This is one of the main problems of this solution.

        We are planning to do this to handle the synchronization.

        First, to save, server-side and client-side, a timestamp of the last 'synchronization' done, so that both sides will know which new data will have to be sent to the other side, and we don't waste DB time, or network time, to check/transfer unmodified data.

        This timestamp logic will allow to restrict the objects to synchronize only to the objects that have effectively changed since the last synchronization.

        BUT, in order to be able to do this properly, the object graph doesn't have to be very big, otherwise a small change will result in a very big update, and very heavy DB operations and network transfers.

        Therefore I've tried to model the DOM and the model POJOs to be the simplest possible: avoiding any bidirectional associations, and using associations cleverly and only when really needed.

        This has allowed me to keep the 'possible object graph' very very small, since almost all one-to-many relationships are not explicit, but implicit (I don't have a user.getReviews(), but instead I have a business interface methods getUserReviews(User user), to get the reviews without having to have them explicitly at the User class level).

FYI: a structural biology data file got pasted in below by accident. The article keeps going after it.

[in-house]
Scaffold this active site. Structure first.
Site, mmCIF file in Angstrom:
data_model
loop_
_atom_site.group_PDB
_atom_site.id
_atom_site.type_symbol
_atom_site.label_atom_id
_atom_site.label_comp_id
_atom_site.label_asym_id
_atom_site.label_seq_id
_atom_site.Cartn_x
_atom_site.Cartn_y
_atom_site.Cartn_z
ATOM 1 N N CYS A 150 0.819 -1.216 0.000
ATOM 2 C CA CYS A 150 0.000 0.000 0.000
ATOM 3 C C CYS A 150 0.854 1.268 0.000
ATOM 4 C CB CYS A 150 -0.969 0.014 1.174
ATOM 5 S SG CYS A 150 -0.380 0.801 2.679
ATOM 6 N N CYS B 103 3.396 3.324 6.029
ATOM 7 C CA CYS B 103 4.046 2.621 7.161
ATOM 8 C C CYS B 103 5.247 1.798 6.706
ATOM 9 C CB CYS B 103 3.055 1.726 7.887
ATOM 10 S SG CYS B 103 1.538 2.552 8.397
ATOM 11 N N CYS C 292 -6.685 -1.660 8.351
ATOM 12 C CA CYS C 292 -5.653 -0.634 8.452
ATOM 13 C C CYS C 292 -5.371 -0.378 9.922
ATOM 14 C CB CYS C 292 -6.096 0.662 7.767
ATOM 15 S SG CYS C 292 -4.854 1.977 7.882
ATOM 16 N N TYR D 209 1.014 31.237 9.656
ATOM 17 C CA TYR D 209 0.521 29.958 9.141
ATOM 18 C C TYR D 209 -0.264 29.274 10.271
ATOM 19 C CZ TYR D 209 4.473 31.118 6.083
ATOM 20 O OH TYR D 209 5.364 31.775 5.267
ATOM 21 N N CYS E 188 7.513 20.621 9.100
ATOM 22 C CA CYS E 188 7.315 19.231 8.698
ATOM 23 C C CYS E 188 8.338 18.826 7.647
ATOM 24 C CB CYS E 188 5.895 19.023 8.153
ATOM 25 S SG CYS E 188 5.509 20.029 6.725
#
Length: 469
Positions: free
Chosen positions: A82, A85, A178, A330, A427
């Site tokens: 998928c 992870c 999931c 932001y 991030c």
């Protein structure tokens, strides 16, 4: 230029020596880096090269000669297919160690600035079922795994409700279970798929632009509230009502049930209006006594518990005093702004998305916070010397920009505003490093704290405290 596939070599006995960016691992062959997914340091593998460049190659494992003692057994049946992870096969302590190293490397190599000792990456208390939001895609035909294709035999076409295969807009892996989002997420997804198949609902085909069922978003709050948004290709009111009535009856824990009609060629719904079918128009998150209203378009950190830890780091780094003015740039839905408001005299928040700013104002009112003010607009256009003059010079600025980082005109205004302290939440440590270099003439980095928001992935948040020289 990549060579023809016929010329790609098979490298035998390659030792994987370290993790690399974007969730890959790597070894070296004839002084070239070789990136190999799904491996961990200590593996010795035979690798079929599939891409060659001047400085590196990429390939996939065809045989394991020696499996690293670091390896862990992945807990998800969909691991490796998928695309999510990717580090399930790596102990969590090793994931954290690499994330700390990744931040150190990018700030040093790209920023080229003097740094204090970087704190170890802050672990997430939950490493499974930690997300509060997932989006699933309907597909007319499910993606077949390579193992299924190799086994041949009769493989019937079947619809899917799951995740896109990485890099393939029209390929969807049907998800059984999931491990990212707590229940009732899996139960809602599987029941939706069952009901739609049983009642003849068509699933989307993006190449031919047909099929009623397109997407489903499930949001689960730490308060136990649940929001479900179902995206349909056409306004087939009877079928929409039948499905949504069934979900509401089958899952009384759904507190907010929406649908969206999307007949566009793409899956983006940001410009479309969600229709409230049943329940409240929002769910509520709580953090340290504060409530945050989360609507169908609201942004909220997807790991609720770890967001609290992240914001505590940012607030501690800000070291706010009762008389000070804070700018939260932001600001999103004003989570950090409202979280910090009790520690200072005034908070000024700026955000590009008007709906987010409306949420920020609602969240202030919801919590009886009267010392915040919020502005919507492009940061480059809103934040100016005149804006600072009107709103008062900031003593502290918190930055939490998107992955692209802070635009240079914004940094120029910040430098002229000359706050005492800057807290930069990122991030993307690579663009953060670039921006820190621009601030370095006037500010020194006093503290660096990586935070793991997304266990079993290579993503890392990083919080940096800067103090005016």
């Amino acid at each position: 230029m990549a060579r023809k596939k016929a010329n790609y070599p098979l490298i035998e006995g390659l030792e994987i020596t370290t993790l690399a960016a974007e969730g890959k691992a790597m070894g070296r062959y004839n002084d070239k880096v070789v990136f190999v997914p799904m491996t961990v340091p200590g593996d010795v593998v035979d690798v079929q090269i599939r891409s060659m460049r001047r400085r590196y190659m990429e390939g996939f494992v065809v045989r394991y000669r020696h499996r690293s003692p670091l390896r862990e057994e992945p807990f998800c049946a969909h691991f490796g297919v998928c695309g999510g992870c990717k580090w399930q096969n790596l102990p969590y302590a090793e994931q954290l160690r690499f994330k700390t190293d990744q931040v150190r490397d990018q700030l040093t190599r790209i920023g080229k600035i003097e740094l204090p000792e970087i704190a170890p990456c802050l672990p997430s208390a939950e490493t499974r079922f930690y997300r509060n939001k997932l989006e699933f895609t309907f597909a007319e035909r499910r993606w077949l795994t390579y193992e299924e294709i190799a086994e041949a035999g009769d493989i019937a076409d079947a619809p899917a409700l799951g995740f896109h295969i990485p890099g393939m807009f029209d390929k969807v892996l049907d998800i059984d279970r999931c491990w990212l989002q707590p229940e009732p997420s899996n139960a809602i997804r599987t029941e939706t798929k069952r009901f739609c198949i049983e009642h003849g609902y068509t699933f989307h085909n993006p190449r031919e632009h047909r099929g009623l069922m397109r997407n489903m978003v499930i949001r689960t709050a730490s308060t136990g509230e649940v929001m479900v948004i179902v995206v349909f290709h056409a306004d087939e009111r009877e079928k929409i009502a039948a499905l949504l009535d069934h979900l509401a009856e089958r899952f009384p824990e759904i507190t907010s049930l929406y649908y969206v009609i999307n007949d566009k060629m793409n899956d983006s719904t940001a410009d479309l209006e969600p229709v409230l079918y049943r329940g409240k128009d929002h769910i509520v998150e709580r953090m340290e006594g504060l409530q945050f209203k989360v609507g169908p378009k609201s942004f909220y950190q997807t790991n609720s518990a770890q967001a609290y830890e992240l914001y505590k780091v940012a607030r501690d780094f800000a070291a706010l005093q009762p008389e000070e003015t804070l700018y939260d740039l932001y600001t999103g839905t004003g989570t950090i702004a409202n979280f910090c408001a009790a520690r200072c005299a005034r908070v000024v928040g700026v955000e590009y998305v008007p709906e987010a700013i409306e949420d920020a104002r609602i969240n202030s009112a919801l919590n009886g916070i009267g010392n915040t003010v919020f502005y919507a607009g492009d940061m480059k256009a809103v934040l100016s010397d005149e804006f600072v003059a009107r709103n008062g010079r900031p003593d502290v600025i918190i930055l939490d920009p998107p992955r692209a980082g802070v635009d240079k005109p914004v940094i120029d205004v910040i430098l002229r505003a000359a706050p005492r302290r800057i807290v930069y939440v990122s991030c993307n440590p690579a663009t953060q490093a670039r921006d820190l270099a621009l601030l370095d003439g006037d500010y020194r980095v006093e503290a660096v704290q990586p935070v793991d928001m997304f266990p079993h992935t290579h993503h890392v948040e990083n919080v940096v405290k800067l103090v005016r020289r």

This makes the DOM less object-oriented, and forces your GUI to be more business-aware (since the presentation logic will have to know that they have to explicitly query the controller/server for the User Reviews, instead of having them as a simple User property), but keeps the model simple enough to be able to send the full object graph each time, without too much overhead.

        Another possibility will have to have special business methods which explicitly avoid to load certain associations, and use them for nitpicking the objects you need to update/transfer, like getFullUser which returns the user with all the associations filled up, and getUser which will always return 'null' as reviews().

        But you will have to know which method to call each time, and this logic won't be simple to manage I guess.

        Originally posted by adepue
        Collections are another example: if someone adds a single item to the collection, it would be nice to simply transmit a collection delta (add this one item), instead of a clone of the ENTIRE collection. All this is possible with Java, of course, but I don't see an easy or automatic way to make it happen. I'd hate to develop such a beast. Maybe Hibernate has some magical support for this that I'm not yet familiar with?
        AFAIK Hibernate checks simple property with equals, and collections through =, so adding a single item to a collection will always result in a full collection update, unless you keep the same java object (which is impossible in different hibernate sessions in a remoting solution).

        By reducing the model interconnections as I previously said, I've reduced the explicit collections in classes to a minimum, and most of my 'collections' are not linked directly to the object with a one-to-many relationship.